Loss Of Many Johnson & Johnson COVID-19 Vaccine Doses Sparks Concerns About Progress In Chicago

A vaccine mixup in Baltimore will have a local impact, after roughly 15 million Johnson & Johnson doses had to be tossed. CBS 2's Marissa Parra reports.

Video Transcript

- Now back to the concerns over COVID-19. Just as cases go up, a vaccine mix-up forces Johnson & Johnson to destroy 15 million vaccines. CBS 2's Marissa Para explains how this is impacting Chicagoans waiting to get shots.

[WHOOSH]

MARISSA PARA: In the race to get people vaccinated before another surge, an unexpected hurdle. This after an accidental mix-up in a Baltimore facility led to roughly 15 million doses of Johnson & Johnson vaccine being tossed out.

DAVID AGUS: Your heart just sinks. And every vaccine is literally a life that has the potential of being saved.

MARISSA PARA: And in the world of vaccines, Dr. David Agus points out that the Johnson & Johnson is the equalizer. Liquid gold, it's easy to handle, and it's a one-stop shot.

DAVID AGUS: This is a vaccine that can go to people, rather than people coming to the vaccine.

MARISSA PARA: Health departments like Chicago's have big plans for the Johnson & Johnson vaccine, like using it for mass vaccination sites, bringing it to congregate settings like O'Hare Airport, and using the vaccine to expand programs that bring the vaccines to the homes of people who can't leave theirs. Chicago's top doc, Dr. Allison Arwady, says as we receive less Pfizer and Moderna, the city is banking on Johnson & Johnson, this week receiving almost 40,000 doses.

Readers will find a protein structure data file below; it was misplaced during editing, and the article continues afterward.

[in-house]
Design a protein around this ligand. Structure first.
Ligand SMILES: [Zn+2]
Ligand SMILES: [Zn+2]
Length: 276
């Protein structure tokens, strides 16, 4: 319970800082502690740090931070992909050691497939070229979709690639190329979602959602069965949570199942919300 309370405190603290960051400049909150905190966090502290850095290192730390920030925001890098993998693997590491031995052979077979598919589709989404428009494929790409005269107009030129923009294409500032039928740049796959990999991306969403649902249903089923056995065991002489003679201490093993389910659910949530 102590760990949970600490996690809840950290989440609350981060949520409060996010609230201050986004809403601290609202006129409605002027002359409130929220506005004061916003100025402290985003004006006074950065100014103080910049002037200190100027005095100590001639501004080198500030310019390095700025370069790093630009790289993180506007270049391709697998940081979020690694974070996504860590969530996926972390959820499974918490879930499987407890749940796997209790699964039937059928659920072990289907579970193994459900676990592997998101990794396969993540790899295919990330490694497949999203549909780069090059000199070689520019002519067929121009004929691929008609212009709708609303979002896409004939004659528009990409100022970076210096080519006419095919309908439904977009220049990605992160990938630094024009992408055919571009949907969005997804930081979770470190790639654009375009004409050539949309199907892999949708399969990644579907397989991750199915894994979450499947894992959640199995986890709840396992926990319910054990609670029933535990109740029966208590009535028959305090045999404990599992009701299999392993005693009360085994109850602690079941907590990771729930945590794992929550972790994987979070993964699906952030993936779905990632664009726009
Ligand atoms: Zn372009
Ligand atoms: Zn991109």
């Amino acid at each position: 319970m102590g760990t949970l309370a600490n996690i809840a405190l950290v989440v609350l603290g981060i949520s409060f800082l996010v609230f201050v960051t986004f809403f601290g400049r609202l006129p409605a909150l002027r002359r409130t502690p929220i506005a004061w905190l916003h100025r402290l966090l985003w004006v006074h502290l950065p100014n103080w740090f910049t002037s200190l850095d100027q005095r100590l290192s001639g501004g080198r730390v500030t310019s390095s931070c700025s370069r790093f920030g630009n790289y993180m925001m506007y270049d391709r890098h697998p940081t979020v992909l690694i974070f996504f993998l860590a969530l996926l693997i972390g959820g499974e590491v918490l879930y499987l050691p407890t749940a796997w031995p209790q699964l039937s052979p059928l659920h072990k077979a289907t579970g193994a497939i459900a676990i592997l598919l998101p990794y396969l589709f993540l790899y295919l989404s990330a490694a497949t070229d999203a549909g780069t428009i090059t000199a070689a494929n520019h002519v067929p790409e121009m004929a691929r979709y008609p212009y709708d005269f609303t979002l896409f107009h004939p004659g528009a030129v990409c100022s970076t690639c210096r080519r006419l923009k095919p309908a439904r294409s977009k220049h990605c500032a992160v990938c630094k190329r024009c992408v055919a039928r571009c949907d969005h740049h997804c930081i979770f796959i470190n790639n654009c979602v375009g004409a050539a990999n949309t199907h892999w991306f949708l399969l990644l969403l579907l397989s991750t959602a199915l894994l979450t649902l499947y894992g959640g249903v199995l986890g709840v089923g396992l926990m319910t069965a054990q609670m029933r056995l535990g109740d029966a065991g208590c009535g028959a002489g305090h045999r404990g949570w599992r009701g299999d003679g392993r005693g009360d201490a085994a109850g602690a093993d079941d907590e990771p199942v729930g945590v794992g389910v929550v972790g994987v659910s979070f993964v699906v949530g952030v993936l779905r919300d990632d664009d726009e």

ALLISON ARWADY: We had heard that there would be, sort of, more growth there. I am concerned that potentially, you know, for the next couple of weeks, we may get very little.

MARISSA PARA: County health departments told me they're waiting to find out how much or how little of the vaccine they'll get.

Do you think there's more of a concern for health departments in large cities like Chicago, as opposed to more rural areas?

DAVID AGUS: Big cities have significant populations that are underserved. These are vaccines that the Chicagos of the world really need as soon as possible.

MARISSA PARA: In just one week, Chicago's COVID-19 positivity rate has risen from 3.4% to 4.6%. Experts point out in this race, every delay, big or small, matters.

DAVID AGUS: So we had a chance here of potentially getting 15 million people immunized and with immunity, and we've lost that opportunity.

MARISSA PARA: Marissa Para, CBS 2 News.

- Health departments don't typically know how much vaccine shipments they get until the week before. We should have a clear sense of what those delays will look like early next week.